“Never tell me, by the way, that the dead look peaceful,” George Orwell wrote, after he had just seen the lifeless body of a man trampled by an elephant.
The German photographer Rudolf Schäfer thought they looked very peaceful, the faces of the deceased. He portrayed them, with a white sheet pulled modestly to their shoulders, in soft black and white in his book Der Ewige Schlaf: Visages de morts (1995). And it’s true. Some faces even seem to have something blissful about them. However, the dead of Schäfer were not trampled by an elephant; they died a natural death. That awareness works soothingly.
It’s different with the photos of Jeffrey Silverthorne in Morgue. The American was barely twenty-five when, to his astonishment, in 1972, he was given permission by the Attorney General of Rhode Island to photograph in the state morgue. Those who ended up there had come to an end in unknown or violent circumstances. Silverthorne photographed the deceased straight-forwardly, without frills. Only with the victims of cot death is there hesitation – Silverthorne had just become a father for the second time. Here there are no faces in the picture.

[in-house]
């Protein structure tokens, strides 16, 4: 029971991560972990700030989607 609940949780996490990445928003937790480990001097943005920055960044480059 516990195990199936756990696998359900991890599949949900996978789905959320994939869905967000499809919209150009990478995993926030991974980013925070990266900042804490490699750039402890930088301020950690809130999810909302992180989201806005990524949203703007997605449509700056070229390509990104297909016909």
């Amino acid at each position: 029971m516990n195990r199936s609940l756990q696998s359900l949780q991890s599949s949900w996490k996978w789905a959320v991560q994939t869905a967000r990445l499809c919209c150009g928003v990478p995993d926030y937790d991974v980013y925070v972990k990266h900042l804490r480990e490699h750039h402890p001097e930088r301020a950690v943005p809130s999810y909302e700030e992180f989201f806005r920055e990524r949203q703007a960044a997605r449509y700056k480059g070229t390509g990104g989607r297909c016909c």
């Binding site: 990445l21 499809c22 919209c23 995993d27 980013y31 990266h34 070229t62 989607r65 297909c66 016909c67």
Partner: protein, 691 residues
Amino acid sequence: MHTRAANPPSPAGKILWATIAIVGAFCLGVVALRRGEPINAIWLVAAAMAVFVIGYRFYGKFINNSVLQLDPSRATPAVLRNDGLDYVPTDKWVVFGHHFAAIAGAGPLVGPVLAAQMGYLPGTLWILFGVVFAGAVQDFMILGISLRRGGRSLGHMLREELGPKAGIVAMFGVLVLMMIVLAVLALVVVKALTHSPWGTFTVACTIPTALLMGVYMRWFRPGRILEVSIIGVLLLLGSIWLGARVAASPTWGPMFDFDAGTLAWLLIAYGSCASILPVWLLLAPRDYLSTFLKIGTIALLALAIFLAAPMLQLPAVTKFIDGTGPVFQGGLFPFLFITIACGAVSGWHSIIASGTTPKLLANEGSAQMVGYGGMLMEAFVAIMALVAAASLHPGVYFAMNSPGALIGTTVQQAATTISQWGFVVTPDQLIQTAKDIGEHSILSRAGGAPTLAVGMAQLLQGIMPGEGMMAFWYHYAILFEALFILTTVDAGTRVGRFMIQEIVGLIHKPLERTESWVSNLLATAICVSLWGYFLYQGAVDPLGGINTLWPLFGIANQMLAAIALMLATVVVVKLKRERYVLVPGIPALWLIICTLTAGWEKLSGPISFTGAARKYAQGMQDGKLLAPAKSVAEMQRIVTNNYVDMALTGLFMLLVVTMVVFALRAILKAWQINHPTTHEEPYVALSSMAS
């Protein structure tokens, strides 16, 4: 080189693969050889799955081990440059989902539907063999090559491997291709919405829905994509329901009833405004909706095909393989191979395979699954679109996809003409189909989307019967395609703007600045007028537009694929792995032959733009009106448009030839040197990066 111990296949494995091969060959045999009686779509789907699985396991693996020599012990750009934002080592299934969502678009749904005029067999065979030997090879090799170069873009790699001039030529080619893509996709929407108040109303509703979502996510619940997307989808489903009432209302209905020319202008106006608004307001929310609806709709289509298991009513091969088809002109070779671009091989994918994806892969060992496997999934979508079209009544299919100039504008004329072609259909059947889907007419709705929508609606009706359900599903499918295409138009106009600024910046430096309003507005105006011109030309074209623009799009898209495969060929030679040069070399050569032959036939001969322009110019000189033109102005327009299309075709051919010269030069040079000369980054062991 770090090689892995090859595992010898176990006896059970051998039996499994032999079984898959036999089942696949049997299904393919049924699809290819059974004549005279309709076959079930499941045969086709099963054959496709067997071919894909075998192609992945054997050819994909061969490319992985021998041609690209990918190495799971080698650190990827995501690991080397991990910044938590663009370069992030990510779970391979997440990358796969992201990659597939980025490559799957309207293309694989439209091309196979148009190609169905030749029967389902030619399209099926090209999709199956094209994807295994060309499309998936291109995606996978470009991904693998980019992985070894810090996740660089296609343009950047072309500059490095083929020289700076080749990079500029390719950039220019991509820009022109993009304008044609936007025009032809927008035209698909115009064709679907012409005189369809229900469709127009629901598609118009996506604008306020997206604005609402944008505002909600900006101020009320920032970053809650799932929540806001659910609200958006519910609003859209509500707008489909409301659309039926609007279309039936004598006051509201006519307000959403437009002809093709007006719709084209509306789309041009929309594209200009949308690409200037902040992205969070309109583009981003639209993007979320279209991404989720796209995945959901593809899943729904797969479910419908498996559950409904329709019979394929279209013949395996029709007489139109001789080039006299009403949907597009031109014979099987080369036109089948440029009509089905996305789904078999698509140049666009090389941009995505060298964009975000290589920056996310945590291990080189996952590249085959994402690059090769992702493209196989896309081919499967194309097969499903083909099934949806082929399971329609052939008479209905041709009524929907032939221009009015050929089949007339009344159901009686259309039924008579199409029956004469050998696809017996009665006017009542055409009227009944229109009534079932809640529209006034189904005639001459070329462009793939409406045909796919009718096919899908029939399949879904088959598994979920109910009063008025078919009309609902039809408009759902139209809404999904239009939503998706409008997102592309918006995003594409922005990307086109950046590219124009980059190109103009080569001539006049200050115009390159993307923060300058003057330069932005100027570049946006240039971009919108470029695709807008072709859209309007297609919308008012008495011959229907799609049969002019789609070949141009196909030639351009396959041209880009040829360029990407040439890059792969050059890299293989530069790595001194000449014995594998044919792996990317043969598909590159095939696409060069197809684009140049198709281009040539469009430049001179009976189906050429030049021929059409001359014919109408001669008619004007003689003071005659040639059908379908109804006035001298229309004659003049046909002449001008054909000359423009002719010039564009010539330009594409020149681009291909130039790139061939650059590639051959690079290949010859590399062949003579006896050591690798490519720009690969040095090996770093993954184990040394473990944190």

One woman died at home. One man was beaten to death. Another committed suicide on the train tracks. A boy was hit by a car; another was found in the bushes. The best-known photograph is the one of a couple who died of carbon monoxide poisoning, literally separated by death, each in their own morgue ‘drawer’. The solid, stylish shoe from Silverthorne in the centre of the image not only emphasizes the separation, it also provides the scene with a contrarian dynamic, a disruptive heartbeat.
It feels wrong, looking at photographs of the dead in a forensic environment, but in a non-forensic context. Why do we do it then? And why does someone photograph them? Silverthorne gives a few explanations in the book, but in the end it comes down to that one time when, as a fourteen-year-old boy, he secretly photographed his grandmother at her funeral. Death fascinates and continues to fascinate, even when it confronts.
The French philosopher, Roland Barthes, spoke of how photography irrevocably places someone in the past; about signs of a future death. But what about pictures of those who are already dead? How do you stop the time of someone whose time has already passed? “The morgue was black and silent,” Silverthorne writes, “nothing given back.” Looking at photos of the dead, you enter a kind of vacuum. It is like staring into the void.
This feature on the book Morgue by Jeffrey Silverthorne was published in De Standaard on March 9, 2018. Translated with the kind help of Josephine Dixon.